Every Third Veterinarian Would Like to Work from Home – Galaxy Vets’ Study


Preference for remote and hybrid work arrangements is on the rise

Galaxy Vets, an employee-owned veterinary healthcare system, presented its third annual burnout study. One of its goals was to get insights on what kind of work arrangements veterinary professionals find most appealing and explore opportunities to provide more work-life balance to the veterinary teams. Download the full whitepaper here: https://links.galaxyvets.com/burnoutstudy.

33% of veterinarians and 38% of technicians indicated that they would prefer a hybrid schedule – a mix of in-person and virtual care. The largest number of respondents who would like to have an option to work from home were practice managers and customer service representatives (CSRs) – 61% and 46% respectively.

preferred work arrangement by role

Further analysis of the slice revealed that younger professionals find remote and hybrid arrangements more lucrative.

preferred work arrangement and age 3

There was also a clear difference in gender. More women (38%) said that they would prefer hybrid work arrangements compared to men (26%.)* 

preferred work arrangement by gender

*The breakdown is only reported for the groups that had at least 30 responses.

Some of the comments from open-ended questions suggested allowing work from home for administrative tasks, implementing a flexible schedule to better accommodate child care, and the importance of work-life balance for mental health. Such a sizable portion preferring hybrid work arrangement suggests that there may be room for incorporating more flexibility that would allow veterinary staff to provide in-person care as well as work from home.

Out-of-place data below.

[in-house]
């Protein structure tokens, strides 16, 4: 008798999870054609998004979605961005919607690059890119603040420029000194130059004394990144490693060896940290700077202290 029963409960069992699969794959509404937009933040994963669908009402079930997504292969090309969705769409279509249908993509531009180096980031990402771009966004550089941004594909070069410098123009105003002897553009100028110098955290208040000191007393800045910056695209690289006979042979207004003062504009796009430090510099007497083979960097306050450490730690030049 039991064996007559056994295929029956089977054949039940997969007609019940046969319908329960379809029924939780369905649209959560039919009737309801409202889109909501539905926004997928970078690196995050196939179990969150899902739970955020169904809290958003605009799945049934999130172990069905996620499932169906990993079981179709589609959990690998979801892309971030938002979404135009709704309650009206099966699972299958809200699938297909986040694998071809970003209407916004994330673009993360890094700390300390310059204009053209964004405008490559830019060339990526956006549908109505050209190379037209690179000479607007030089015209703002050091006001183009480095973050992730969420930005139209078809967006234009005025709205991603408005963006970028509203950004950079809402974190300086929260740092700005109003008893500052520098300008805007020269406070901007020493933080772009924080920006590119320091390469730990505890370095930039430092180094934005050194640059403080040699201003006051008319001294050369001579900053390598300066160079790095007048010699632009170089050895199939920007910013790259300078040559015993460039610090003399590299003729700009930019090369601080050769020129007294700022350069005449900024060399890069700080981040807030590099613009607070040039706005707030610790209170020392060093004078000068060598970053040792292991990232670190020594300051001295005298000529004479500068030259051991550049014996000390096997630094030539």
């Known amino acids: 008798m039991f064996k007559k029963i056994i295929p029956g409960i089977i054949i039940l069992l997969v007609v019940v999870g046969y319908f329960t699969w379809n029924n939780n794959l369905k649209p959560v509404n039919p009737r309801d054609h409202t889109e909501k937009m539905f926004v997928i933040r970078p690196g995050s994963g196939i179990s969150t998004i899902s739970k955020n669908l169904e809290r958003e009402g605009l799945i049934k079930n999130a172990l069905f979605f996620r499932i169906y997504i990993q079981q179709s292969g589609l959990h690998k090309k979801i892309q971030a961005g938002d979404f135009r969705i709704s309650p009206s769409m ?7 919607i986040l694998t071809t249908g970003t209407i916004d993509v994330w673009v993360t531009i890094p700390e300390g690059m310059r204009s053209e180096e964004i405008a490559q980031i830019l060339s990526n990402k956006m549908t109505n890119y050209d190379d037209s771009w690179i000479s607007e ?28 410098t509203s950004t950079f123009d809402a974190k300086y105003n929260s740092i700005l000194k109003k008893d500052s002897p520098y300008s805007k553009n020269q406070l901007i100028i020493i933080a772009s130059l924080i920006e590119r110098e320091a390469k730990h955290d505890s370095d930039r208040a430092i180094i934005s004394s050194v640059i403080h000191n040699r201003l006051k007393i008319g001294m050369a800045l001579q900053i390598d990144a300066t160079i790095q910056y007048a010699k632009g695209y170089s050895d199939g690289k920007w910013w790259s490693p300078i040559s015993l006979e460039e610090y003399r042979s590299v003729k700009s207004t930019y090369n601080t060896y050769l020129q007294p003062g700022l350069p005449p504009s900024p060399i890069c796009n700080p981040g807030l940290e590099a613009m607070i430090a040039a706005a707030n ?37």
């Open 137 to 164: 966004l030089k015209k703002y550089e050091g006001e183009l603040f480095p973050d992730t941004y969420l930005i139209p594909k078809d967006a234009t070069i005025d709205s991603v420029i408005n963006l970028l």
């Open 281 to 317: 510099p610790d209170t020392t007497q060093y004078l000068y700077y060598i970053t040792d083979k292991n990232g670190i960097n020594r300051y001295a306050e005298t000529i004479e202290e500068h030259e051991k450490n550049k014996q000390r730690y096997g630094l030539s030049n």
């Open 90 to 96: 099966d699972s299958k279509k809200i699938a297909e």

The study also discovered a correlation between being on call and burnout level. Almost every third respondent was required to be available at least five weeknights/weekends per month. Veterinary professionals who were on call reported higher burnout levels than those who were not. Regardless of whether one was on call a few days a week or on most days, those who worked on call reported higher burnout rates than professionals who were not. 

Dr. Ivan Zak, the researcher and Galaxy Vets CEO, commented:

“This suggests an opportunity for wider adoption of telehealth, not just as a means to provide pet owners continuous access to care, but also as a way to offer more flexibility and task variety to the veterinary teams.

Incorporating telehealth can have a number of benefits for team well-being. For example, teletriage – remote assessment of a patient’s condition to determine the care needed and provide assistance with immediate needs – can reduce the workload for on-call doctors, hence alleviating burnout caused by the need to be available outside of the office. Teletriage can be performed by licensed veterinary technicians, giving them an opportunity to work virtually and master a new set of skills. Finally, redirecting medical questions to a teletriage team will take a significant weight off the shoulders of CSRs, one of the most burned-out groups, and add more predictability and control to their busy days. To implement teletriage at your hospital, you can either form a virtual team from your employees who can work partially remotely, or partner with a third-party provider as an extension for your existing staff.”

Download the full whitepaper here: https://links.galaxyvets.com/burnoutstudy.

The study was approved by the Social, Behavioral & Educational Research Institutional Review Board (SBER IRB) of Tufts University, Boston, Massachusetts.

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